Taking a leisurely bike ride in the park hardly seems like a luxury to a lot of people, but for folks living in an assisted living facility, it can be the highlight of a day, or even a week. For people suffering from memory issues, it can be the only chance to breathe fresh air for a matter of days or longer.
"We have a memory care unit, and I have found it's been most beneficial for the memory care people because they don't get out. They are in a facility that doesn't give them a lot of opportunity to get outside," said Loralie Walker, the activity director for Grace Assisted Living in Meridian. "Every day is a different journey for an Alzheimer's patient, but the smile on their face when they pull up on that bike, that's how you measure [success]."
Walker guides a number of Grace residents to Kleiner Park on bi-monthly excursions to take part in Cycling Without Age, a non-profit that takes seniors on rides around their cities in a tri-shaw, a type of bicycle with a cart towed behind it. The organization was founded in Copenhagen, Denmark, but has chapters around the world—including one in Meridian.
Walker and a troupe of seniors eager to get outside sat in the shaded benches in Kleiner Park on a crisp September afternoon. None of the group were memory-care patients, but all seemed happy to take an afternoon break with friends.
One of those people, James, who did not give his last name, is an 87-year-old new resident at Grace. While more than happy to be outside, he was a little disappointed he didn't get to drive the tri-shaw.
"I thought we were going to pedal!" he said.
Still, James joined up with another resident and went for a ride around the park. Despite exclaiming multiple times that he could out-walk just about anyone around the park, he still seemed to enjoy himself.
While it's an opportunity for seniors to grab some outside time, it's also a chance for them to meet others and share their stories. That's one of Cycling Without Age-Idaho Manager Kalynn McLain's favorite parts of running the small organization.
"The seniors have such a history to share, and this is giving them the opportunity to tell someone about their lives," she said.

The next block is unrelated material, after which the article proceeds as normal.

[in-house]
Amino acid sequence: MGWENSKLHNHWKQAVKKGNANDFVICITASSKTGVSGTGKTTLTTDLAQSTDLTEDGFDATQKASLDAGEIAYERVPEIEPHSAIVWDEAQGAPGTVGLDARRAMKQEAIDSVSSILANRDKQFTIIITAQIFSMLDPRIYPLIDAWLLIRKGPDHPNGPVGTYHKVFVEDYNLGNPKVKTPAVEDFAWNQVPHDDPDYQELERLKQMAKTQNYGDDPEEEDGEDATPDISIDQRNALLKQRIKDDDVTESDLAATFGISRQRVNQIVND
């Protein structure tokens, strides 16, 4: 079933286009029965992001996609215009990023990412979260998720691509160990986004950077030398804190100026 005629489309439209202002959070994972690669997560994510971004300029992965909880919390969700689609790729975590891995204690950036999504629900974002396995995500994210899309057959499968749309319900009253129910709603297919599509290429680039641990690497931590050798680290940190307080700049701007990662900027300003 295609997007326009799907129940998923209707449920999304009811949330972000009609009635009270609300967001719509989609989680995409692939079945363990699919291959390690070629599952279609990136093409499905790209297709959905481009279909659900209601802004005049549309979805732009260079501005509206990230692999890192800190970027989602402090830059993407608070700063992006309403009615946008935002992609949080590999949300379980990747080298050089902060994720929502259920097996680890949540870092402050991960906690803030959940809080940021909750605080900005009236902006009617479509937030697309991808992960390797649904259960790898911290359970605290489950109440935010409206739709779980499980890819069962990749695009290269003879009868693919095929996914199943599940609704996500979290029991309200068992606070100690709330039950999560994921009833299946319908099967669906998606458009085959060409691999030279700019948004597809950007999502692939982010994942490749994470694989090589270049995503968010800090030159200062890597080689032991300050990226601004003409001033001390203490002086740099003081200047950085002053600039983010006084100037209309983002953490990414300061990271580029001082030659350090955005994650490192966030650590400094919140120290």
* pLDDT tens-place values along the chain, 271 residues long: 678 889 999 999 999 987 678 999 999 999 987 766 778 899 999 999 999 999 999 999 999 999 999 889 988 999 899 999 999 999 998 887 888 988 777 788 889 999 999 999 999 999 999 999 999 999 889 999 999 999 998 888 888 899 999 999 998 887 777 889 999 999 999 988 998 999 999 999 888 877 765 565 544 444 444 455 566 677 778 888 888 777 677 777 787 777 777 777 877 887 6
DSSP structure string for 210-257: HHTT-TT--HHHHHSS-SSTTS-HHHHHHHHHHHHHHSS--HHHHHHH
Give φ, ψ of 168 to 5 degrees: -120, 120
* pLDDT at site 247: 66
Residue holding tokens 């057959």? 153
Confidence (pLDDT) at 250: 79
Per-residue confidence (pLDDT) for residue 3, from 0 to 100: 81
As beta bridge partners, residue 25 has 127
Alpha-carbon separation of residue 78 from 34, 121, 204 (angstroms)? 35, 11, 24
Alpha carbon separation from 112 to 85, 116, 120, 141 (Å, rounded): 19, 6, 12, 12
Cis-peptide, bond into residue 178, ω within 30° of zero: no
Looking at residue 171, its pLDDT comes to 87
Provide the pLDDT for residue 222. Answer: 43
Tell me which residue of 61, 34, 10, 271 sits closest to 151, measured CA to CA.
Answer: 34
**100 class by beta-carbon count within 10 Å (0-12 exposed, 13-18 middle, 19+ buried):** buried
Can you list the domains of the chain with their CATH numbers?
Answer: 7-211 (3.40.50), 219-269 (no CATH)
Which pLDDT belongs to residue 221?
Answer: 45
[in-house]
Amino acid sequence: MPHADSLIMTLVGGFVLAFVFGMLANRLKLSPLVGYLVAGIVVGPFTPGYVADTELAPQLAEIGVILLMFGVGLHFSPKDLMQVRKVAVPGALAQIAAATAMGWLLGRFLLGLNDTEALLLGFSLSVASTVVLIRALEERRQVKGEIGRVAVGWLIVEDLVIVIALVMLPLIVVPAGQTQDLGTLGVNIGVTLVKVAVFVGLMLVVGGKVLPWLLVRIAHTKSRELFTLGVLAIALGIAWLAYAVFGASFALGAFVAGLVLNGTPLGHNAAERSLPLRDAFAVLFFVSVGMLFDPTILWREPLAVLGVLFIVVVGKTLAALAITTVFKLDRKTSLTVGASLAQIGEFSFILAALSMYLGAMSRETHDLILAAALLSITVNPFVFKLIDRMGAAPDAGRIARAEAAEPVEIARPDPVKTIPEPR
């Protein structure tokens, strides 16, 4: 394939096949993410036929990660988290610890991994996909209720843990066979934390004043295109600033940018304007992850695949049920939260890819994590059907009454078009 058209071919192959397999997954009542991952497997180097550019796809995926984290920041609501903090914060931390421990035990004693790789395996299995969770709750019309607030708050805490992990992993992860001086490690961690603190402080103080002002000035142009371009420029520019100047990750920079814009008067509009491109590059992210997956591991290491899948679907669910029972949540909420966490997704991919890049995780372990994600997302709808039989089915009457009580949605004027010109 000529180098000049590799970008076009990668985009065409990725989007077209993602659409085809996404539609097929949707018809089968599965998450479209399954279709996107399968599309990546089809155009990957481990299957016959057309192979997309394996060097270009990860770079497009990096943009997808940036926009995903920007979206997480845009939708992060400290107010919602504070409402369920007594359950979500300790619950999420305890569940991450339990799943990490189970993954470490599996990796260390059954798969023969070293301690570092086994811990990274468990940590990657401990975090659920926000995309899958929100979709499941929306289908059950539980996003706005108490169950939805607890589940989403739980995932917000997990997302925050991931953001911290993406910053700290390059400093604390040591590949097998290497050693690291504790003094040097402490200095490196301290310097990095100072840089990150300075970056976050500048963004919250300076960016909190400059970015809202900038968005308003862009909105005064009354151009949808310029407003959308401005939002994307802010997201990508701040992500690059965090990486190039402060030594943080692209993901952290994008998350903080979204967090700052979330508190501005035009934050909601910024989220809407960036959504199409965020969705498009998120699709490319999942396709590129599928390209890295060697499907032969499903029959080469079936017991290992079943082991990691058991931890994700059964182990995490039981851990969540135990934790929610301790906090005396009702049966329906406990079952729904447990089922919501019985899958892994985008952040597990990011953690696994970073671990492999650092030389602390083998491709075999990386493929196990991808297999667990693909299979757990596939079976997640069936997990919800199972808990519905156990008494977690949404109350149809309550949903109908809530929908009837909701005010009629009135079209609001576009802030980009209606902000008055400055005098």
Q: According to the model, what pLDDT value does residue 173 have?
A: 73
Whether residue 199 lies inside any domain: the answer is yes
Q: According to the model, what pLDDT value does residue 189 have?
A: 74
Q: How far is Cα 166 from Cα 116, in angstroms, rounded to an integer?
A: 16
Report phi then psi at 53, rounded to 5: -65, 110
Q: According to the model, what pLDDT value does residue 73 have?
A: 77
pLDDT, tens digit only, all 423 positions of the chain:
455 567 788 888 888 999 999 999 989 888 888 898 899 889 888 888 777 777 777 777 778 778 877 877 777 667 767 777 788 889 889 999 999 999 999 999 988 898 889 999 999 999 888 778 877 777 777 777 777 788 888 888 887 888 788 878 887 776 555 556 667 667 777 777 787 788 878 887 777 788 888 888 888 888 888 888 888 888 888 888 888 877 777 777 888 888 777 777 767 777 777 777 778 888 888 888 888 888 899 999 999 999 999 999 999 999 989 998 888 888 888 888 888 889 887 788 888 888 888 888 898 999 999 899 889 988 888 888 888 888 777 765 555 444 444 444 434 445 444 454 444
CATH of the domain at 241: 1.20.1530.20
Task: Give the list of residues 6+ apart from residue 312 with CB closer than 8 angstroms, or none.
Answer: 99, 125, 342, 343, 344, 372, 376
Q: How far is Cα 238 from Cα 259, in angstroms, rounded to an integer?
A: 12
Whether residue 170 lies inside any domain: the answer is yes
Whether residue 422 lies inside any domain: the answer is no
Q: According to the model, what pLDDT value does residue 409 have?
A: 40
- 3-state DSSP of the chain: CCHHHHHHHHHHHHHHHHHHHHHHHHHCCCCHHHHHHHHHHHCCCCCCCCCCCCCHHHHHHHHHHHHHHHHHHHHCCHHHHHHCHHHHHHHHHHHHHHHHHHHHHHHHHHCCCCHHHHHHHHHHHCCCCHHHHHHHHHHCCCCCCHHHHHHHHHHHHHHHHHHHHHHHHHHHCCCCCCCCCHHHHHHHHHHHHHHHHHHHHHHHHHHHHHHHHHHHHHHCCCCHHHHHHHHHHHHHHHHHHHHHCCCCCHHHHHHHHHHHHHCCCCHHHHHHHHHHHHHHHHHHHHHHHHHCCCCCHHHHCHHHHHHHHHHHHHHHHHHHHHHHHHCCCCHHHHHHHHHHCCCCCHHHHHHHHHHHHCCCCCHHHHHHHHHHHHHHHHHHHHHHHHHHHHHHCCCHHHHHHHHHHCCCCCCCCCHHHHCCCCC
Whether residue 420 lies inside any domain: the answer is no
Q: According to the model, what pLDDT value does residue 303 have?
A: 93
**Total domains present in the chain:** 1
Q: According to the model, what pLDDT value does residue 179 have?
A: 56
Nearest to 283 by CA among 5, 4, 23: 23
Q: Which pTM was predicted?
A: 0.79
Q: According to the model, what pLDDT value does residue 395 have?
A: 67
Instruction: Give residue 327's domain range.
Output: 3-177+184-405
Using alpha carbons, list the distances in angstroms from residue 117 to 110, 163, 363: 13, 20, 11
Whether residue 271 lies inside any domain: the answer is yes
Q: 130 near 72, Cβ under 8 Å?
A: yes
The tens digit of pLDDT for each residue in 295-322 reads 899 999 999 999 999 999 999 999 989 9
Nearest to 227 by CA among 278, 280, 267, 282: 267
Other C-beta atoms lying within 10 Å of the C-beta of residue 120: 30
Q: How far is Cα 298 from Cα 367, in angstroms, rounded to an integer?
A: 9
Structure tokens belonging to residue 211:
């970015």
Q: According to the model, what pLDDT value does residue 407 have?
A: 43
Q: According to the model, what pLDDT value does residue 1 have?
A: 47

One Alzheimer's patient, whom McLain said hardly ever spoke, shocked everyone when she said she had had a great time with the group during one ride. Success and improvement for seniors is often measured in small increments, but small sparks of joy can make all the difference.
The Idaho chapter originally started in Eagle, which is how McLain got involved. She was out and about with her mother and decided she wanted to take her for a ride that was planned for that afternoon. That day, unfortunately, was unbearably hot, with a toxic algae bloom at Eagle Island State Park, which caused the ride to be cancelled.
After that, she offered to be a volunteer pilot, or the person who drives the tri-shaw. One thing led to another, and the former manager offered to give McLain the bike to run the non-profit herself. It's not easy work, and it's not even her full-time gig. She owns and operates Enhance Fitness Coaching, but makes time for the seniors.
The best part for her: "You know, I think it's the smiles on their faces when they come back from their rides and say how great it is... I think that is so beneficial for a senior center," she said. "I think what they enjoy is not only being outside but seeing the children playing in the fields or on the playground."
This season alone, McLain and her volunteers have given approximately 190 rides, which she refers to as "touches to seniors' lives." She even gave a ride to a 101-year-old woman this year, who will turn 102 in November.
The next challenge is obtaining funding for next season, which McLain is requesting from the participating homes in a letter. Once that's taken care of, McLain and company will be ready to ride come springtime.